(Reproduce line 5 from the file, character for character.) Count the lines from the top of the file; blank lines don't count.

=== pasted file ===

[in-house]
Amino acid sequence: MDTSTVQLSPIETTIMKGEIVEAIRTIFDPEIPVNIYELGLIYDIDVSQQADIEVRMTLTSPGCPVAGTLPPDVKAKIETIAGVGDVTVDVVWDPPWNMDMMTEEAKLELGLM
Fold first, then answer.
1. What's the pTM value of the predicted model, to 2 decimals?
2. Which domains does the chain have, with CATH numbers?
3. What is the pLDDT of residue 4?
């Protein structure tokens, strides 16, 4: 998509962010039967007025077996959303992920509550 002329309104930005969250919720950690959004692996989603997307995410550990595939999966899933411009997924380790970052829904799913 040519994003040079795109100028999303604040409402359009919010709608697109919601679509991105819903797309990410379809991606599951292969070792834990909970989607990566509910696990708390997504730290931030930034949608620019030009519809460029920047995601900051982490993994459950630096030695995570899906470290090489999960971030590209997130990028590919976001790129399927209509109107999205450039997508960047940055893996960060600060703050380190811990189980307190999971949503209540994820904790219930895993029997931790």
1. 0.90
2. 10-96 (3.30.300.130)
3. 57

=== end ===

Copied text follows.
2. Which domains does the chain have, with CATH numbers?